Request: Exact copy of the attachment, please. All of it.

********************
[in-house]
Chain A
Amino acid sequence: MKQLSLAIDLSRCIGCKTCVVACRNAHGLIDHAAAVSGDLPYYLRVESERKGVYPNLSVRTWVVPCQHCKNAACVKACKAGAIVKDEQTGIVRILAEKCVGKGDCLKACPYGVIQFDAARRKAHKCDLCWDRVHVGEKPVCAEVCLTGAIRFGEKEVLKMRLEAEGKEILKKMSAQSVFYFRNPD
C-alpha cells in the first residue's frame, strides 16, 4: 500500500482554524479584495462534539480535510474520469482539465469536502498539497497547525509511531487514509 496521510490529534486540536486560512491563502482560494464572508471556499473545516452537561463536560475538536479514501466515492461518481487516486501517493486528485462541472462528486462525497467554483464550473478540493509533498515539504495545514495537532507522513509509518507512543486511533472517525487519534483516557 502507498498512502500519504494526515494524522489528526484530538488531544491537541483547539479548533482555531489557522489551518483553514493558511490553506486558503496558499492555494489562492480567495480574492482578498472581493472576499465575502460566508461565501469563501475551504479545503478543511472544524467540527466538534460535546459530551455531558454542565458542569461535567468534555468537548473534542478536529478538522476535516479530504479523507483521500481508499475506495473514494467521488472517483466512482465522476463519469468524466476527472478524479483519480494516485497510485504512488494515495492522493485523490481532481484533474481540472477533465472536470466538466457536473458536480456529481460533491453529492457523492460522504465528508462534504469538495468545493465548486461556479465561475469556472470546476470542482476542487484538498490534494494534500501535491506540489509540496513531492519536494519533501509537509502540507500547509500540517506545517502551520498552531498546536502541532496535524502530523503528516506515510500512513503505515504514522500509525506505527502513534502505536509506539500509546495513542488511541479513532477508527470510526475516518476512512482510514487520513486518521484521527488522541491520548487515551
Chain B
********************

[in-house]
Chain A
Amino acid sequence: MKQLSLAIDLSRCIGCKTCVVACRNAHGLIDHAAAVSGDLPYYLRVESERKGVYPNLSVRTWVVPCQHCKNAACVKACKAGAIVKDEQTGIVRILAEKCVGKGDCLKACPYGVIQFDAARRKAHKCDLCWDRVHVGEKPVCAEVCLTGAIRFGEKEVLKMRLEAEGKEILKKMSAQSVFYFRNPD
C-alpha cells in the first residue's frame, strides 16, 4: 500500500482554524479584495462534539480535510474520469482539465469536502498539497497547525509511531487514509 496521510490529534486540536486560512491563502482560494464572508471556499473545516452537561463536560475538536479514501466515492461518481487516486501517493486528485462541472462528486462525497467554483464550473478540493509533498515539504495545514495537532507522513509509518507512543486511533472517525487519534483516557 502507498498512502500519504494526515494524522489528526484530538488531544491537541483547539479548533482555531489557522489551518483553514493558511490553506486558503496558499492555494489562492480567495480574492482578498472581493472576499465575502460566508461565501469563501475551504479545503478543511472544524467540527466538534460535546459530551455531558454542565458542569461535567468534555468537548473534542478536529478538522476535516479530504479523507483521500481508499475506495473514494467521488472517483466512482465522476463519469468524466476527472478524479483519480494516485497510485504512488494515495492522493485523490481532481484533474481540472477533465472536470466538466457536473458536480456529481460533491453529492457523492460522504465528508462534504469538495468545493465548486461556479465561475469556472470546476470542482476542487484538498490534494494534500501535491506540489509540496513531492519536494519533501509537509502540507500547509500540517506545517502551520498552531498546536502541532496535524502530523503528516506515510500512513503505515504514522500509525506505527502513534502505536509506539500509546495513542488511541479513532477508527470510526475516518476512512482510514487520513486518521484521527488522541491520548487515551
Chain B